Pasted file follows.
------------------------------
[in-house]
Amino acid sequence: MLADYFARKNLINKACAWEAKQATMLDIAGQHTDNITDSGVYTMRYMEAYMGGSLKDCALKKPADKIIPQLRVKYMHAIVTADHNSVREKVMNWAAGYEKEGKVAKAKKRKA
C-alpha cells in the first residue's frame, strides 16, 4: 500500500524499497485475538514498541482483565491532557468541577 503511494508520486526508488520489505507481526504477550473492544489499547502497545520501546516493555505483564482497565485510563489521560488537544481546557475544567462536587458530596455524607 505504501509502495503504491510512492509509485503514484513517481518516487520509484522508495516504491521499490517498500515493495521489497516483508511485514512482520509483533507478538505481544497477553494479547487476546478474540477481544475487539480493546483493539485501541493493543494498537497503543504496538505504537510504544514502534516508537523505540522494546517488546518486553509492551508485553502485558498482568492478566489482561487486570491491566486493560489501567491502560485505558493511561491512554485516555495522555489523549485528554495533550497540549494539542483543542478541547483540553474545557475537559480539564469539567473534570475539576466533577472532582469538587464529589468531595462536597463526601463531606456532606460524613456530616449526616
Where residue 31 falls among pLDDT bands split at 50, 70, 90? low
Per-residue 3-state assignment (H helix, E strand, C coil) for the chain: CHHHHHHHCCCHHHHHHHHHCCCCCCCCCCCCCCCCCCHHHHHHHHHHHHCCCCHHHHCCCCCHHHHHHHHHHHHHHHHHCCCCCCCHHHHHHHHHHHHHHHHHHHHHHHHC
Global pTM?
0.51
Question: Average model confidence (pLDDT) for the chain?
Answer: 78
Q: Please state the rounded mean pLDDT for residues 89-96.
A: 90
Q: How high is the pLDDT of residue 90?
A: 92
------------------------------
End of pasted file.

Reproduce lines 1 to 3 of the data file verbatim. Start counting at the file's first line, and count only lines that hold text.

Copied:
[in-house]
Amino acid sequence: MLADYFARKNLINKACAWEAKQATMLDIAGQHTDNITDSGVYTMRYMEAYMGGSLKDCALKKPADKIIPQLRVKYMHAIVTADHNSVREKVMNWAAGYEKEGKVAKAKKRKA
C-alpha cells in the first residue's frame, strides 16, 4: 500500500524499497485475538514498541482483565491532557468541577 503511494508520486526508488520489505507481526504477550473492544489499547502497545520501546516493555505483564482497565485510563489521560488537544481546557475544567462536587458530596455524607 505504501509502495503504491510512492509509485503514484513517481518516487520509484522508495516504491521499490517498500515493495521489497516483508511485514512482520509483533507478538505481544497477553494479547487476546478474540477481544475487539480493546483493539485501541493493543494498537497503543504496538505504537510504544514502534516508537523505540522494546517488546518486553509492551508485553502485558498482568492478566489482561487486570491491566486493560489501567491502560485505558493511561491512554485516555495522555489523549485528554495533550497540549494539542483543542478541547483540553474545557475537559480539564469539567473534570475539576466533577472532582469538587464529589468531595462536597463526601463531606456532606460524613456530616449526616